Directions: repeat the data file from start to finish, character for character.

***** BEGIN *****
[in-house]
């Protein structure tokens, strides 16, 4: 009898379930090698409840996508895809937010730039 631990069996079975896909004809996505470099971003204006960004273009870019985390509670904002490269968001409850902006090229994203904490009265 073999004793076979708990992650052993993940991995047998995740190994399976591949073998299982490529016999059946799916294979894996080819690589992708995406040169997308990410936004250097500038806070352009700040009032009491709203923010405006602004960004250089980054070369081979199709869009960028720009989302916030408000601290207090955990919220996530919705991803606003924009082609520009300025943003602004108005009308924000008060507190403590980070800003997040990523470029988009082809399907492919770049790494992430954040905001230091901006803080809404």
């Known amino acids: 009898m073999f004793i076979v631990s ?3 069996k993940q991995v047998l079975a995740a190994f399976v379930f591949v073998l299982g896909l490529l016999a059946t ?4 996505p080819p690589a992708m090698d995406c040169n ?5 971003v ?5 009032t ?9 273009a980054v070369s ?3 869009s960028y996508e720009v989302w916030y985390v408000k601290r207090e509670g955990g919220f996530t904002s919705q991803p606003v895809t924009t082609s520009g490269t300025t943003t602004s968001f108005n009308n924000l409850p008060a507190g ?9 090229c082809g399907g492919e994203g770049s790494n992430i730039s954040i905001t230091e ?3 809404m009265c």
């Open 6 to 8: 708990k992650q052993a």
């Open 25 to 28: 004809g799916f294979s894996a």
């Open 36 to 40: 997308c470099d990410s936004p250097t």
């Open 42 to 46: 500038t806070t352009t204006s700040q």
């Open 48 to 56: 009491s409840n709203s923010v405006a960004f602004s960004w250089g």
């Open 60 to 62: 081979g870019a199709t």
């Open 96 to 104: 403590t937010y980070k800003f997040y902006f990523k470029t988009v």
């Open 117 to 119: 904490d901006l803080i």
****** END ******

[in-house]
């Protein structure tokens, strides 16, 4: 009898379930090698409840996508895809937010730039 631990069996079975896909004809996505470099971003204006960004273009870019985390509670904002490269968001409850902006090229994203904490009265 073999004793076979708990992650052993993940991995047998995740190994399976591949073998299982490529016999059946799916294979894996080819690589992708995406040169997308990410936004250097500038806070352009700040009032009491709203923010405006602004960004250089980054070369081979199709869009960028720009989302916030408000601290207090955990919220996530919705991803606003924009082609520009300025943003602004108005009308924000008060507190403590980070800003997040990523470029988009082809399907492919770049790494992430954040905001230091901006803080809404």
């Known amino acids: 009898m073999f004793i076979v631990s ?3 069996k993940q991995v047998l079975a995740a190994f399976v379930f591949v073998l299982g896909l490529l016999a059946t ?4 996505p080819p690589a992708m090698d995406c040169n ?5 971003v ?5 009032t ?9 273009a980054v070369s ?3 869009s960028y996508e720009v989302w916030y985390v408000k601290r207090e509670g955990g919220f996530t904002s919705q991803p606003v895809t924009t082609s520009g490269t300025t943003t602004s968001f108005n009308n924000l409850p008060a507190g ?9 090229c082809g399907g492919e994203g770049s790494n992430i730039s954040i905001t230091e ?3 809404m009265c």
């Open 6 to 8: 708990k992650q052993a």
């Open 25 to 28: 004809g799916f294979s894996a």
């Open 36 to 40: 997308c470099d990410s936004p250097t």
């Open 42 to 46: 500038t806070t352009t204006s700040q």
């Open 48 to 56: 009491s409840n709203s923010v405006a960004f602004s960004w250089g």
């Open 60 to 62: 081979g870019a199709t």
């Open 96 to 104: 403590t937010y980070k800003f997040y902006f990523k470029t988009v």
């Open 117 to 119: 904490d901006l803080i």